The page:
Conclusion

It’s been fun while it lasted, but the days of seeing matchup charts that are predominantly and overwhelmingly maize-and-blue-colored may be coming to an end. That said, this Team 138 has still made significant progress metrics-wise in recent weeks, most noticeably on the offensive side of the ball, including even the Penn State game. One might argue that the level of competition has something to do with it the past two weeks, but the metrics now are opponent adjusted, so there’s that. Clearly, there is still a great deal of room for improvement. This Maryland matchup is going to be the last and best opportunity for an offensive tune-up, particularly in regard to the passing game. The metrics suggest the most benign of all possible pass-rush environments, which may finally enable Brandon Peters to stand in the pocket long enough to make accurate downfield passes. Of course, that also depends on receivers being able to get open, but at least Peters appears to have some inkling of ability to throw a receiver open. This really needs to be done at some point if for no other reason than to get it on film - for those who will be viewing it in the next couple of weeks – and demonstrate that a downfield threat exists, and needs to be respected. Nonetheless, Michigan would be remiss to not move forward with continued emphasis on the rushing attack. Just seeing how tantalizingly close the Wolverines got to having two 200-yard rushers in one game for the first time in history on Saturday makes the progress this team has made all the more impressive. There really is no reason why reaching that milestone should not be a goal for this game with Maryland.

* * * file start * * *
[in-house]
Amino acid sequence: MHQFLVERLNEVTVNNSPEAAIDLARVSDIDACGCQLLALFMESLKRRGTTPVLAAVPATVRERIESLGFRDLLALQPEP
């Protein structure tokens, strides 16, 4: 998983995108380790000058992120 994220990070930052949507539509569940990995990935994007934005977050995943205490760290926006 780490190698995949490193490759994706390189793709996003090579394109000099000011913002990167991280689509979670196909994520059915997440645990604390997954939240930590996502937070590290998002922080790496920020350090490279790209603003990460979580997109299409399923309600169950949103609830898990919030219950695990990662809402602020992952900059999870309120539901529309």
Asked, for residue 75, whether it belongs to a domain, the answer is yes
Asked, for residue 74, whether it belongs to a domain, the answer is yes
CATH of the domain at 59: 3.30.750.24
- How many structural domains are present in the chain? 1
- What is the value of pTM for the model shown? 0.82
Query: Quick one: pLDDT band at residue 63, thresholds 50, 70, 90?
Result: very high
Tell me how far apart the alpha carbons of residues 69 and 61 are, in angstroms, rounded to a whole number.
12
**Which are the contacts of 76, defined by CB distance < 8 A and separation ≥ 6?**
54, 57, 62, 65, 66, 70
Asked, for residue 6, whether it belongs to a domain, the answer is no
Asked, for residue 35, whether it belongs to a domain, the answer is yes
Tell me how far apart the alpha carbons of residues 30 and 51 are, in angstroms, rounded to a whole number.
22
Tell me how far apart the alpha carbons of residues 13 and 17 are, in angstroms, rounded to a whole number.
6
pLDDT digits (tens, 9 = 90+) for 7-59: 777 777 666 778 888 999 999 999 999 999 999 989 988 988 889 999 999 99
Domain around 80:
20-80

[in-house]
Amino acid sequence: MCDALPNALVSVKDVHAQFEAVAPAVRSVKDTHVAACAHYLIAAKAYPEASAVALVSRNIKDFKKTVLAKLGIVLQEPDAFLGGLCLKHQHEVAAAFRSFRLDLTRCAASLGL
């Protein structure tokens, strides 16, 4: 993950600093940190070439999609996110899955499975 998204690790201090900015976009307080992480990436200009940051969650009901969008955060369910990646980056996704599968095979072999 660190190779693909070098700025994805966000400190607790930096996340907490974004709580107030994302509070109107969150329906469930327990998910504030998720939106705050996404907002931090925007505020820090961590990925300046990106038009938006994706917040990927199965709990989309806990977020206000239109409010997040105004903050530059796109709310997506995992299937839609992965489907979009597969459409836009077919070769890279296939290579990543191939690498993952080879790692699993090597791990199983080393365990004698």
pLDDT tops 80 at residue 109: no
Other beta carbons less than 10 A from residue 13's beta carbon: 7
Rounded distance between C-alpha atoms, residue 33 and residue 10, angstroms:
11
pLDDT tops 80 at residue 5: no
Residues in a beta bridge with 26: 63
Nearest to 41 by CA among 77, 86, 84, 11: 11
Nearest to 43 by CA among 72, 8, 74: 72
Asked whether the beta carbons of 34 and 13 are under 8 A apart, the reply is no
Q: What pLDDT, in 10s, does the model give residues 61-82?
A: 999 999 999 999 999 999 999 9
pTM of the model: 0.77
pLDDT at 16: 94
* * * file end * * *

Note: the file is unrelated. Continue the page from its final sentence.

On the other side, once again, Michigan’s Defense can reasonably expect to shut down the Maryland Offense for the most part. Nonetheless, Maryland’s explosive tendencies will always be lurking about throughout the 60 minute game. If nothing else, those tendencies (and Michigan’s) may well enable Maryland to avoid a shutout.

So, that concludes this week’s Five Factors Matchup Analysis!

Yours in football, and Go Blue!

Advanced Stats Matchup: Michigan vs. Michigan State

Advanced Stats Matchup: Michigan vs. Michigan State

Submitted by Ecky Pting on October 5th, 2017 at 9:45 AM